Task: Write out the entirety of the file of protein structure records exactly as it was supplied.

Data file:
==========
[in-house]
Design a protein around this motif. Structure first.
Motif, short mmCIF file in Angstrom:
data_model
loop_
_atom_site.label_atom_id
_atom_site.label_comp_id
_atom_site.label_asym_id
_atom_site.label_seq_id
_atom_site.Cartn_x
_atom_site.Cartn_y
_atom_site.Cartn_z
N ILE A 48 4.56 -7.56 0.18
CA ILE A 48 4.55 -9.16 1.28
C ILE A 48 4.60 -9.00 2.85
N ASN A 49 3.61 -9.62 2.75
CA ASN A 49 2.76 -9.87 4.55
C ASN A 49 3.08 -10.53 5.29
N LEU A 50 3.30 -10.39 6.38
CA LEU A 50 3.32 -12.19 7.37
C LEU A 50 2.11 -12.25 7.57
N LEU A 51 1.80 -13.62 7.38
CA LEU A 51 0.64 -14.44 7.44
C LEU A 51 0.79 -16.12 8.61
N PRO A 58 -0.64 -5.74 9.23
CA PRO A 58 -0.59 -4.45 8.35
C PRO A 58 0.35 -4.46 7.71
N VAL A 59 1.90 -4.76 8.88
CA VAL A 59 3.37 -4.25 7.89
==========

[in-house]
Design a protein around this motif. Structure first.
Motif, short mmCIF file in Angstrom:
data_model
loop_
_atom_site.label_atom_id
_atom_site.label_comp_id
_atom_site.label_asym_id
_atom_site.label_seq_id
_atom_site.Cartn_x
_atom_site.Cartn_y
_atom_site.Cartn_z
N ILE A 48 4.56 -7.56 0.18
CA ILE A 48 4.55 -9.16 1.28
C ILE A 48 4.60 -9.00 2.85
N ASN A 49 3.61 -9.62 2.75
CA ASN A 49 2.76 -9.87 4.55
C ASN A 49 3.08 -10.53 5.29
N LEU A 50 3.30 -10.39 6.38
CA LEU A 50 3.32 -12.19 7.37
C LEU A 50 2.11 -12.25 7.57
N LEU A 51 1.80 -13.62 7.38
CA LEU A 51 0.64 -14.44 7.44
C LEU A 51 0.79 -16.12 8.61
N PRO A 58 -0.64 -5.74 9.23
CA PRO A 58 -0.59 -4.45 8.35
C PRO A 58 0.35 -4.46 7.71
N VAL A 59 1.90 -4.76 8.88
CA VAL A 59 3.37 -4.25 7.89